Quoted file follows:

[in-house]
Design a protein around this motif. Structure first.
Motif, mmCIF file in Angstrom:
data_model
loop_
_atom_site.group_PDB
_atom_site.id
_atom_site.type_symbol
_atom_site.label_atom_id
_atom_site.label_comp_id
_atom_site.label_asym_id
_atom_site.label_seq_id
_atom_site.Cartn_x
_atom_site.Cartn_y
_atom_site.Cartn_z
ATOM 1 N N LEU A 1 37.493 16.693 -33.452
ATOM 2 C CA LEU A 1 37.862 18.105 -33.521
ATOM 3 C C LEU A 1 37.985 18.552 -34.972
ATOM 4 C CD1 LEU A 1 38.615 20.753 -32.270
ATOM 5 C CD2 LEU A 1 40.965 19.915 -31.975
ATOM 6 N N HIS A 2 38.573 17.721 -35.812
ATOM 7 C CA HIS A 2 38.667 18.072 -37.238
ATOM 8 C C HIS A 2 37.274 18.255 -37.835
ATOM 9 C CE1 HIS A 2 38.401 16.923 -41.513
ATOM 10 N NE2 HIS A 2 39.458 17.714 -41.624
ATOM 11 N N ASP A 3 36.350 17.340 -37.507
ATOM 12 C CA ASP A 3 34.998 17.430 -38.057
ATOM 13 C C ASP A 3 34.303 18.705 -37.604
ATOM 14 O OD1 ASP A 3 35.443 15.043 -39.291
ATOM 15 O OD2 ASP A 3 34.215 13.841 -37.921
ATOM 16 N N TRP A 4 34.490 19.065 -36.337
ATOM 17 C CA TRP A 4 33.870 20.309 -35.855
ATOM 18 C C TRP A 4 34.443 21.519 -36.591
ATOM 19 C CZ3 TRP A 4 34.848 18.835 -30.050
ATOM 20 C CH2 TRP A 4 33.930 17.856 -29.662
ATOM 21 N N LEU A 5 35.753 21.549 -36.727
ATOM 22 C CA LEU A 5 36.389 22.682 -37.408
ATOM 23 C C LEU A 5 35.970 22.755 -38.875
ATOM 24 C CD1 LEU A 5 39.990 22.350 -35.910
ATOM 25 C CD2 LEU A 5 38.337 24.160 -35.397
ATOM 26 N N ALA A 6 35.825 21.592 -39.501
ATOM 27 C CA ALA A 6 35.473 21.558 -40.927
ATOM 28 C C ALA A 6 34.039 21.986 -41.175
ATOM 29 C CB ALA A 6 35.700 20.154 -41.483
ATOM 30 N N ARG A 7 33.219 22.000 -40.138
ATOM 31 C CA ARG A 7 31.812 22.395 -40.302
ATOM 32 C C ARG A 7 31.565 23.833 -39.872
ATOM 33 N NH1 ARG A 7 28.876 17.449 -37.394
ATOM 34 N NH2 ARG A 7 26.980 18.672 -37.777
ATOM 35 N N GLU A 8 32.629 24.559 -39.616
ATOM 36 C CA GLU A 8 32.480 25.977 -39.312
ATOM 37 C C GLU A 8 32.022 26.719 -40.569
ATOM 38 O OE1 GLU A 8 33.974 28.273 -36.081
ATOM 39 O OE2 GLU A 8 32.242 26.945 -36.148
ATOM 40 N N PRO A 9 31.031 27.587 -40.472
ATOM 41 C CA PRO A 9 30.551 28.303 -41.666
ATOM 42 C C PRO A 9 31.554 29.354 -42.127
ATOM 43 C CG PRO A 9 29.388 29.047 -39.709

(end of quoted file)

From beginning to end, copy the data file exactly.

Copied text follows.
[in-house]
Design a protein around this motif. Structure first.
Motif, mmCIF file in Angstrom:
data_model
loop_
_atom_site.group_PDB
_atom_site.id
_atom_site.type_symbol
_atom_site.label_atom_id
_atom_site.label_comp_id
_atom_site.label_asym_id
_atom_site.label_seq_id
_atom_site.Cartn_x
_atom_site.Cartn_y
_atom_site.Cartn_z
ATOM 1 N N LEU A 1 37.493 16.693 -33.452
ATOM 2 C CA LEU A 1 37.862 18.105 -33.521
ATOM 3 C C LEU A 1 37.985 18.552 -34.972
ATOM 4 C CD1 LEU A 1 38.615 20.753 -32.270
ATOM 5 C CD2 LEU A 1 40.965 19.915 -31.975
ATOM 6 N N HIS A 2 38.573 17.721 -35.812
ATOM 7 C CA HIS A 2 38.667 18.072 -37.238
ATOM 8 C C HIS A 2 37.274 18.255 -37.835
ATOM 9 C CE1 HIS A 2 38.401 16.923 -41.513
ATOM 10 N NE2 HIS A 2 39.458 17.714 -41.624
ATOM 11 N N ASP A 3 36.350 17.340 -37.507
ATOM 12 C CA ASP A 3 34.998 17.430 -38.057
ATOM 13 C C ASP A 3 34.303 18.705 -37.604
ATOM 14 O OD1 ASP A 3 35.443 15.043 -39.291
ATOM 15 O OD2 ASP A 3 34.215 13.841 -37.921
ATOM 16 N N TRP A 4 34.490 19.065 -36.337
ATOM 17 C CA TRP A 4 33.870 20.309 -35.855
ATOM 18 C C TRP A 4 34.443 21.519 -36.591
ATOM 19 C CZ3 TRP A 4 34.848 18.835 -30.050
ATOM 20 C CH2 TRP A 4 33.930 17.856 -29.662
ATOM 21 N N LEU A 5 35.753 21.549 -36.727
ATOM 22 C CA LEU A 5 36.389 22.682 -37.408
ATOM 23 C C LEU A 5 35.970 22.755 -38.875
ATOM 24 C CD1 LEU A 5 39.990 22.350 -35.910
ATOM 25 C CD2 LEU A 5 38.337 24.160 -35.397
ATOM 26 N N ALA A 6 35.825 21.592 -39.501
ATOM 27 C CA ALA A 6 35.473 21.558 -40.927
ATOM 28 C C ALA A 6 34.039 21.986 -41.175
ATOM 29 C CB ALA A 6 35.700 20.154 -41.483
ATOM 30 N N ARG A 7 33.219 22.000 -40.138
ATOM 31 C CA ARG A 7 31.812 22.395 -40.302
ATOM 32 C C ARG A 7 31.565 23.833 -39.872
ATOM 33 N NH1 ARG A 7 28.876 17.449 -37.394
ATOM 34 N NH2 ARG A 7 26.980 18.672 -37.777
ATOM 35 N N GLU A 8 32.629 24.559 -39.616
ATOM 36 C CA GLU A 8 32.480 25.977 -39.312
ATOM 37 C C GLU A 8 32.022 26.719 -40.569
ATOM 38 O OE1 GLU A 8 33.974 28.273 -36.081
ATOM 39 O OE2 GLU A 8 32.242 26.945 -36.148
ATOM 40 N N PRO A 9 31.031 27.587 -40.472
ATOM 41 C CA PRO A 9 30.551 28.303 -41.666
ATOM 42 C C PRO A 9 31.554 29.354 -42.127
ATOM 43 C CG PRO A 9 29.388 29.047 -39.709